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Gear for Senior Session Portraits

Dustin Abbott

August 1st, 2015

You’ve probably already figured out that there is a growing market for Senior Sessions. Gone are the days when it was sufficient for the crew to pull up at the school, unload some backdrops, and take cookie cutter photos of all the seniors. Today’s young people want custom photography that immortalizes their youth and is tailored to their personality and interests. Senior Photography now runs the gamut from professional to glamour to fantasy. So what kind of gear does an aspiring senior sessions photographer need?

Summer Love
My first stop is always glass. Not just any lens will do. One of the key things that any portrait photographer needs is versatility, but perhaps not in the way that you might think. I’m not talking about zoom range. Forget 5x, 10x, or 20x zoom. What I’m talking about is versatility when it comes to the aperture that you shoot at. I also encourage you to consider investing in a full frame sensor camera at some point. The larger sensor makes a big difference in the light gathering ability along with a smaller depth of field. Canon and Nikon both have full frame cameras in the 6D and D610 that are more affordable than any full frame bodies before them.

If your budget doesn’t allow for that upgrade yet, I would recommend getting a large aperture lens first. It will give you the most “bang for your buck.” Most kit lenses have a maximum aperture on the wide end of f/3.5 at the fastest, but only f/5.6 on the telephoto end. Take a look at this little chart.

fstop_chart
Chart courtesy of Ryan Hulse

That f/5.6 circle looks pretty small, doesn’t it? This shows what a disadvantage photographers with only small aperture lenses have. There is a direct correlation between aperture size and the amount of background blur (or bokeh) that can be produced (longer focal lengths help achieve more bokeh as well). That separation of the subject from the background is what gives portraits a “professional” look; this is the look that today’s seniors want. They have thousands of photos taken with their smartphones, but those photos will never have the look of DSLRs (particularly full frame sensor DSLRs) taken with large aperture lenses. If you want to create beautiful, professional looking portrait photography you need to invest in either a large aperture prime lens or two or a large aperture zoom lens, like a 24-70mm f/2.8 or 70-200mm f/2.8. What follows are some suggestions for every budget.

She Walks Alone

The point of entry for budget minded photographers is what is often referred to as a “nifty-fifty”. These 50mm primes commonly have a maximum aperture of f/1.8 and a 50mm focal length. They are readily available for less than $200, and while they have their shortcomings, they can produce some beautiful portrait shots when used properly.  The new EF 50mm f/1.8 STM is a surprisingly good performer considering its bargain price.  If you want even more background blur (and image quality), consider spending a couple of hundred dollars more and invest in one of the excellent 85mm f/1.8 prime lenses or a 50mm f/1.4.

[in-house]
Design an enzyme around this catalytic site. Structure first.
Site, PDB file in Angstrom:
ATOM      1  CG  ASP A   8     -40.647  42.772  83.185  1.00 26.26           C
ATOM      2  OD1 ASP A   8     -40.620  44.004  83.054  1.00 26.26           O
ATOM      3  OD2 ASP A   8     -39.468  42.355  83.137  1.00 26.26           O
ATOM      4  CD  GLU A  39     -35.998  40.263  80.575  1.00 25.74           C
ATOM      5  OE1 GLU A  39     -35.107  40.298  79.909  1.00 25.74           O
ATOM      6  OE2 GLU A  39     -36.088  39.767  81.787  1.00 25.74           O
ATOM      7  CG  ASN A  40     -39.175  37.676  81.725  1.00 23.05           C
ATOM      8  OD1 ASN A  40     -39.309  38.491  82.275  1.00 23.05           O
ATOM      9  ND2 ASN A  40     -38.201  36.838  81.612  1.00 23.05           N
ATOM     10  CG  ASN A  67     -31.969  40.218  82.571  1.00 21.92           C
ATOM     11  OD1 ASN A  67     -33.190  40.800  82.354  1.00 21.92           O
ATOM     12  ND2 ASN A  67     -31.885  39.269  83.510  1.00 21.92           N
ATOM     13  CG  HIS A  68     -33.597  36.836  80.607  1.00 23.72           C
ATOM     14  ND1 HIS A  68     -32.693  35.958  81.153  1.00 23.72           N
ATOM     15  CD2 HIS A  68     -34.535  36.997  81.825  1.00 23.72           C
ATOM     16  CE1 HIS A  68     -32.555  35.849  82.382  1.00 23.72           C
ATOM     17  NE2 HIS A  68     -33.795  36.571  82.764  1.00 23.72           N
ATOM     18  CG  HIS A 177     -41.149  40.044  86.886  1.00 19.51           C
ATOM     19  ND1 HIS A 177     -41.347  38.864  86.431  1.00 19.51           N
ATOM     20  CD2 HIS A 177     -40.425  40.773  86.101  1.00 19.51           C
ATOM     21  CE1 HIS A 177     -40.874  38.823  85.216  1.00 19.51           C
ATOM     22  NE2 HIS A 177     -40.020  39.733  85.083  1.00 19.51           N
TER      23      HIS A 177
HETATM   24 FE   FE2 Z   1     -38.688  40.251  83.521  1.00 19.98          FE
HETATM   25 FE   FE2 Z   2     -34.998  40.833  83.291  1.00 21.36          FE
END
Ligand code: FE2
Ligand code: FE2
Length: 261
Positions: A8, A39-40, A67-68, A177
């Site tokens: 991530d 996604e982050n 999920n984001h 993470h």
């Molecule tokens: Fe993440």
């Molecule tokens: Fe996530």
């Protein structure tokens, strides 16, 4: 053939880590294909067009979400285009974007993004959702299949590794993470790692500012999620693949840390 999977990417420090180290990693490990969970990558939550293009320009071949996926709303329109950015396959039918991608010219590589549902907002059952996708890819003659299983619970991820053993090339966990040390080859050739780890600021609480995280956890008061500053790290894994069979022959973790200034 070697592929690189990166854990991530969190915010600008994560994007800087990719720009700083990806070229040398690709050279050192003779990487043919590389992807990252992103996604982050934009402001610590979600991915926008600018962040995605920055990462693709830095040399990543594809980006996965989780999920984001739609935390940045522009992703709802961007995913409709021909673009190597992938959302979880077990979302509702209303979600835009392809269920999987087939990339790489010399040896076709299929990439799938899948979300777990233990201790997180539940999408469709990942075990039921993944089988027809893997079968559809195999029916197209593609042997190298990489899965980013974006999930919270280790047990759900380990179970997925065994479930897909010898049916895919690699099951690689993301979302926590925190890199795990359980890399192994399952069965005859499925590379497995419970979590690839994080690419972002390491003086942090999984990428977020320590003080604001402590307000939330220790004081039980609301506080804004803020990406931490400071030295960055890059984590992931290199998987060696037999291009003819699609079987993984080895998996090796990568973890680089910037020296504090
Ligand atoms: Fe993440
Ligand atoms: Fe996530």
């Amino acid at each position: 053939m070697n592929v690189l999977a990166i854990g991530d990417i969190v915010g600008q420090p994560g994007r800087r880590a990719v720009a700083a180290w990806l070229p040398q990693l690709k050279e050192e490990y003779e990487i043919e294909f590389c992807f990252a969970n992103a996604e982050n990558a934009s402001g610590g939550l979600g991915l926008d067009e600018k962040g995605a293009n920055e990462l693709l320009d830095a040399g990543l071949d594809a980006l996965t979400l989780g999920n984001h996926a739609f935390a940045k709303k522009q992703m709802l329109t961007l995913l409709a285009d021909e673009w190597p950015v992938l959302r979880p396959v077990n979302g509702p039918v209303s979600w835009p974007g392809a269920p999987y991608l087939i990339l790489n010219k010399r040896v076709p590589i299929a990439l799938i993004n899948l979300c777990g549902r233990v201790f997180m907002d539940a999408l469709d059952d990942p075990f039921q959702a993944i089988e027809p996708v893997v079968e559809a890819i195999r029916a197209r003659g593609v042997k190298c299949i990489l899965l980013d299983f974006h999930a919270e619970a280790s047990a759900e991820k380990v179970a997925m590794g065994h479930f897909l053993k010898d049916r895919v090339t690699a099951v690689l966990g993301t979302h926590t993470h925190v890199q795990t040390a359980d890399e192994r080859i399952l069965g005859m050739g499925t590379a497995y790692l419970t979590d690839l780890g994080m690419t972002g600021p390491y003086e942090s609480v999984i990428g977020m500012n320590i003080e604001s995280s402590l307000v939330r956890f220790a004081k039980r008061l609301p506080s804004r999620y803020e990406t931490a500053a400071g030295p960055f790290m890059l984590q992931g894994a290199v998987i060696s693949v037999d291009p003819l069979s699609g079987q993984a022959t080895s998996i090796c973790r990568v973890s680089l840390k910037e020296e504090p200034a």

A medium budget ($700-1000) allows you to consider either an 85mm f/1.4 or move to one of the favorite focal lengths of portrait photographers – 135mm. These lenses usually have an f/2 aperture but create even more background blur thanks to the longer focal length. Just to give you an idea of what size the depth of field (DOF) will be (and thus the amount of background blur), take a look at this little chart (this assumes a full frame camera is being used):

Depth of field Chart

The smaller the DOF, the greater amount of separation of your subject from the background. The 50mm f/5.6 column gives you an idea that the DOF is pretty huge for most kit lenses even at their widest aperture, and this means that it is really hard to get much separation of your subject from the background. Notice how much more shallow the depth of field becomes with the longer focal length. I love the Canon EF 135mm f/2L for this reason. You have to be careful when focusing, but it creates absolutely wonderful subject isolation. (Like this photo below)

02 Dustin Abbott Senior Sessions1

Many portrait photographers choose to go the zoom route because of the added versatility. I own both a 24-70mm f/2.8 zoom for wider shots and a 70-200mm f/2.8 telephoto. The latter (a Tamron SP 70-200mm f/2.8 Di VC USD) has become my favorite portrait lens because it has a highly effective image stabilizer and amazing image quality. I’m able to get more sharp shots because the image stabilizer helps eliminate camera shake from the equation. While the f/2.8 aperture isn’t as wide as the primes can go, modern zooms are incredibly sharp wide open. Using our example above the depth of field at 200mm f/2.8 is even smaller at only 1.54 inches while the depth of field at 135mm f/2.8 is a still tiny 3.37 inches. The Tamron is optically as good as the “first party” options from Canon and Nikon and costs more than a third less. These zoom lenses make it very easy to switch from wider framing (at 70mm) to head and shoulders at longer focal lengths even when space is tight. Here’s one from the Tamron below.

02 Dustin_Abbott_Senior_Sessions_4

The added versatility of having a wide aperture lens will open up all kinds of creative options for you that just aren’t there with your kit lens. By the way, all of these photos have also been processed in Alien Skin Exposure. It furthers expands your creative options. Now add that to your own creativity and go out and make some senior’s dreams come true!

This article first appeared in the Alien Skin blog.  You can read it here:

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